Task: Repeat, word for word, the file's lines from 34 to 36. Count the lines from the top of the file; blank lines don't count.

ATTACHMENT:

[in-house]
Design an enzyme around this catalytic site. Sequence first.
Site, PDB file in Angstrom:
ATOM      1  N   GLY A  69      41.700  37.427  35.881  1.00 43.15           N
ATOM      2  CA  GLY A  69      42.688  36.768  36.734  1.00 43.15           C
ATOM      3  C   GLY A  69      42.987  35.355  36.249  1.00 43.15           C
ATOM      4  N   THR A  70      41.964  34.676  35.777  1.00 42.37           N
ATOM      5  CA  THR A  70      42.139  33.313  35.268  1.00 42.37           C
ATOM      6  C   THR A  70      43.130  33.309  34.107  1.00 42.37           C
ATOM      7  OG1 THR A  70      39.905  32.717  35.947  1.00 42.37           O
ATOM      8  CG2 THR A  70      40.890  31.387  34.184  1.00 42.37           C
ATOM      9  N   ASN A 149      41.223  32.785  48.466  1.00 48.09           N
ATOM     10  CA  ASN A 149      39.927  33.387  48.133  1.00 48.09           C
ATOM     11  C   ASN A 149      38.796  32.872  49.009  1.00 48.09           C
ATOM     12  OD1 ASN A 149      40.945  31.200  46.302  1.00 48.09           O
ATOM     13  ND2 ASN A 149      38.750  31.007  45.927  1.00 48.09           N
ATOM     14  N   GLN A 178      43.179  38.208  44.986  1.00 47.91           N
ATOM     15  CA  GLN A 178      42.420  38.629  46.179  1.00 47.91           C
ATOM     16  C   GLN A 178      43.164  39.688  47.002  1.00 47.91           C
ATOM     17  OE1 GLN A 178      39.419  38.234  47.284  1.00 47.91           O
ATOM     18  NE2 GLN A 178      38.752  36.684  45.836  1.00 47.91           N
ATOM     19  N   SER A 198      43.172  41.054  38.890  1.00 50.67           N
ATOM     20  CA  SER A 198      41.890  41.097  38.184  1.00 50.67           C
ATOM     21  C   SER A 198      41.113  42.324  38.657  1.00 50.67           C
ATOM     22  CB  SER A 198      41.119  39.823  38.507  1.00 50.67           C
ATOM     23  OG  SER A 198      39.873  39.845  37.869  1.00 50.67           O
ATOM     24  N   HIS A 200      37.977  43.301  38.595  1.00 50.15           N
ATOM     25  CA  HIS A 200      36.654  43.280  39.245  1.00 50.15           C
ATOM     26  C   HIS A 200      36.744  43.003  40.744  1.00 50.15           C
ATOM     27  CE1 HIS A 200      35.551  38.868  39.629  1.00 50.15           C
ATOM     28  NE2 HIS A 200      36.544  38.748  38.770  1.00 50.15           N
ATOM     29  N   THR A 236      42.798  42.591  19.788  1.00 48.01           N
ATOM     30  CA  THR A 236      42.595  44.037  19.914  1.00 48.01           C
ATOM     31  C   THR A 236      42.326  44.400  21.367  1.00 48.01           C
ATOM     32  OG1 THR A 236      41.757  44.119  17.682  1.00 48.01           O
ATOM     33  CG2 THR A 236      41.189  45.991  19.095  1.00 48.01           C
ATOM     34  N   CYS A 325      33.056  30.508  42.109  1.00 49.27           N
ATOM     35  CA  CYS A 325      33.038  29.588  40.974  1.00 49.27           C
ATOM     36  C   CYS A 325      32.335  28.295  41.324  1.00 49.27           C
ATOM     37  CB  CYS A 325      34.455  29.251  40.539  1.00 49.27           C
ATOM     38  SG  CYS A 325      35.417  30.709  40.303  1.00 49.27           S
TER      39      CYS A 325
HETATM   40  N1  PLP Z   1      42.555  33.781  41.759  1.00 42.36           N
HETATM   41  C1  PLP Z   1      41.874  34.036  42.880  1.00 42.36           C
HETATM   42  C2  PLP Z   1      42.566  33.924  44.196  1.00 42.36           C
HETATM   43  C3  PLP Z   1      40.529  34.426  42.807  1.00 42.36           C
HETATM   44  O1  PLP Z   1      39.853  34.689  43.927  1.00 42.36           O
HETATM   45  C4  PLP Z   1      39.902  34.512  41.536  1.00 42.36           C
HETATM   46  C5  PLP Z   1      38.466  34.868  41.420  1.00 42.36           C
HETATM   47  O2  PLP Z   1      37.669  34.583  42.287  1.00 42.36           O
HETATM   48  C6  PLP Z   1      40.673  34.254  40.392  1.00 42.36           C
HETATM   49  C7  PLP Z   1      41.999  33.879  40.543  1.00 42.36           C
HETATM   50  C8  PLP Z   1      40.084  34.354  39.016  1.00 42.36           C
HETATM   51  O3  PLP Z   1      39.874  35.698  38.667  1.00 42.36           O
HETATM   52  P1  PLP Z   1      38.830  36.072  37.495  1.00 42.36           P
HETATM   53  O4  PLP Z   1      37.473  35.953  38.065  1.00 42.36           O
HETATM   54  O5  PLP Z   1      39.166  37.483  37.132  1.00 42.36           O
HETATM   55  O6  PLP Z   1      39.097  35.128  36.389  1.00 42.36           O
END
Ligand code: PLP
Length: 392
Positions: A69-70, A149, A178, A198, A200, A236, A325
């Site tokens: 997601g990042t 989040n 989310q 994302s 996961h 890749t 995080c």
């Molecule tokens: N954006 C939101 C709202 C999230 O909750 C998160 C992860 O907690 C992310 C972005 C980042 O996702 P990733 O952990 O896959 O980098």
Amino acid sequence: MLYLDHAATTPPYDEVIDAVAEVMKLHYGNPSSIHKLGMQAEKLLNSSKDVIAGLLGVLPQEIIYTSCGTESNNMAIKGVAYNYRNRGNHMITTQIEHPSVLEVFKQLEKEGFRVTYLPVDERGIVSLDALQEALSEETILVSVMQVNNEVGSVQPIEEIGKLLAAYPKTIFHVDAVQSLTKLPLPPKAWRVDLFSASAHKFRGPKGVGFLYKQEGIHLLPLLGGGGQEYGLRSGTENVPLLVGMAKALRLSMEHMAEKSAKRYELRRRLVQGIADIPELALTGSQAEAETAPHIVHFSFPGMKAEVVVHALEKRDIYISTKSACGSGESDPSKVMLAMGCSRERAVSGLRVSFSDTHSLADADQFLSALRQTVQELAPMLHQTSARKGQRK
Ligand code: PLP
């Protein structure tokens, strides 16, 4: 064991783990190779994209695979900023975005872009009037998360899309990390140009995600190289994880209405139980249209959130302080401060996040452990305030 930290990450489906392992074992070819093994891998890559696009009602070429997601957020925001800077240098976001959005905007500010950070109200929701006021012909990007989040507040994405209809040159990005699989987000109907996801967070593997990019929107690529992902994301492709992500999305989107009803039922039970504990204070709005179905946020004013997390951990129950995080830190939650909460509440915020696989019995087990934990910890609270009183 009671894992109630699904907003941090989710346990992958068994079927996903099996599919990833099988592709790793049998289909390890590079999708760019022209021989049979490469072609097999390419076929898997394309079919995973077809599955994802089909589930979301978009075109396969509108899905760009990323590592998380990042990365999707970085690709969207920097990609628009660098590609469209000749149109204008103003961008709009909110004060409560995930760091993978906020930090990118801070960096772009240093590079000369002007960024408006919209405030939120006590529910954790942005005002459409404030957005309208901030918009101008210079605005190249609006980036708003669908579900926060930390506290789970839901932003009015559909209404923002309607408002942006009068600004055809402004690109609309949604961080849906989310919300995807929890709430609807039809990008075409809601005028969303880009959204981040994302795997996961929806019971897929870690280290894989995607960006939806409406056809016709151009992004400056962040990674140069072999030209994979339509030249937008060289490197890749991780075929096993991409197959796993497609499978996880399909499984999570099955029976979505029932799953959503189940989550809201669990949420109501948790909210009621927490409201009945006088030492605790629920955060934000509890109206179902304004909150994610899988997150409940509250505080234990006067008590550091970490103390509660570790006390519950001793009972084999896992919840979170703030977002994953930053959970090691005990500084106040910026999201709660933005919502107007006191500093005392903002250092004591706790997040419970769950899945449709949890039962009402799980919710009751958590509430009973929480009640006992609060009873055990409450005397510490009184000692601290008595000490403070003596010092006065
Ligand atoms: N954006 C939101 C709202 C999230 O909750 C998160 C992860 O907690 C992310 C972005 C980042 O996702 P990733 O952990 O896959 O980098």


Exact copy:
ATOM     31  C   THR A 236      42.326  44.400  21.367  1.00 48.01           C
ATOM     32  OG1 THR A 236      41.757  44.119  17.682  1.00 48.01           O
ATOM     33  CG2 THR A 236      41.189  45.991  19.095  1.00 48.01           C